EU proposes exempting SMEs from cross-border VAT obligation
- EU VAT
- 20 January 2018 | Richard Asquith
On 18 January 2018, the European Commission (EU) published a proposal to eliminate foreign EU VAT obligations for small enterprises (‘SME’).
Currently, EU small businesses selling in their own country are exempt from VAT if their sales are below a set threshold. This threshold varies between member states, e.g. €10,000 in France; and £85,000 in the UK. However, when selling in other EU states, SME’s enjoy no such simplification – they must register and charge local VAT on the first sale. This imposes a VAT compliance cost on small companies, and restricts the free operation of the Single Market for small companies.
The EU is now proposing:
- A €2 million revenue threshold across the EU, under which small businesses would benefit from simplification measures, whether or not they have already been exempted from VAT;
- The possibility for Member States to free all small businesses that qualify for a VAT exemption from obligations relating to identification, invoicing, accounting or returns;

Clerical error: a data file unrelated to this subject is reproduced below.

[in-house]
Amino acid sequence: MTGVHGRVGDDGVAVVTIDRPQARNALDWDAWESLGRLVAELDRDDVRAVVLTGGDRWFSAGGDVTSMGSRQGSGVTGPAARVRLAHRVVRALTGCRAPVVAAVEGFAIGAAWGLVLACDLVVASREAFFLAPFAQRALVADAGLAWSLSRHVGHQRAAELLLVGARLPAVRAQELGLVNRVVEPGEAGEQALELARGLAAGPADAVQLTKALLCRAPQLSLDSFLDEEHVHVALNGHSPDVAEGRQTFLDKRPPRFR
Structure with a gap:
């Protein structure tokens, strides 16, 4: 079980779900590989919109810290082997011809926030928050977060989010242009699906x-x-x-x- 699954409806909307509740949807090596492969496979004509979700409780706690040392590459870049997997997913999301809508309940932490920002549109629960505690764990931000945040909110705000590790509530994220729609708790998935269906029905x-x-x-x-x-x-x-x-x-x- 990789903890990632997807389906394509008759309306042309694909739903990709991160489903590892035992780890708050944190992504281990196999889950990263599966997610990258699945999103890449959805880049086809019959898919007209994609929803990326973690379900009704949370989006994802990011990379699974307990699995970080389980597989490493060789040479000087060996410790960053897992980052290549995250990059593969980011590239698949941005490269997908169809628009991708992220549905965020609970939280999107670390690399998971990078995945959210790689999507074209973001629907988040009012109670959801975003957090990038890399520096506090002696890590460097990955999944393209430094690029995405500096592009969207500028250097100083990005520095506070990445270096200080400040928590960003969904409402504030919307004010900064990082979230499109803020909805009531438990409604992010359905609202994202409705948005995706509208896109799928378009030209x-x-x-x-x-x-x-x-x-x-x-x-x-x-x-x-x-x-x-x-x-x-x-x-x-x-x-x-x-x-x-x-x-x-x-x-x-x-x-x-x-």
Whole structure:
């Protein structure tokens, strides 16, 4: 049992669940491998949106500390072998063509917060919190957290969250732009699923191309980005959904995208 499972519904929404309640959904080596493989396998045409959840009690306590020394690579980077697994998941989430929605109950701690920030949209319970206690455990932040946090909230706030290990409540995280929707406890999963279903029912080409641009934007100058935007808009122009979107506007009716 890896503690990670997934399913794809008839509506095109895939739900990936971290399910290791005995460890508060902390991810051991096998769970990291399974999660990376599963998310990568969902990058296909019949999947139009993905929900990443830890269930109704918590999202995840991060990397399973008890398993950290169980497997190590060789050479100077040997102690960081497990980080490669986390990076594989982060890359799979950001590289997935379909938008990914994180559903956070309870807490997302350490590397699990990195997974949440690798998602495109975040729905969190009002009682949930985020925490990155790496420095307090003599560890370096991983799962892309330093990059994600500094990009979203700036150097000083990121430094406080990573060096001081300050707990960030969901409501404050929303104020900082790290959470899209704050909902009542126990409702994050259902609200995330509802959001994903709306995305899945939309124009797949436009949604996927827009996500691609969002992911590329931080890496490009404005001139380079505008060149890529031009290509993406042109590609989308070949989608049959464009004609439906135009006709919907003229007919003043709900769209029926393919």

- A turnover threshold of €100,000 which would allow companies operating in more than one Member State to benefit from the VAT exemption
Poland’s Ministry of Finance has announced that it will recategorise many supplies to within the current reduced VAT rate category. However, this will mean Poland will not...
Hungary has received permission to introduce an VAT registration threshold for businesses of HUF 12 million from 1 January 2019. This is approximately €48,000, based...
HMRC announced today that it is opening the test pilot for its Making Tax Digital for VAT programme to the public. However, HMRC also announced...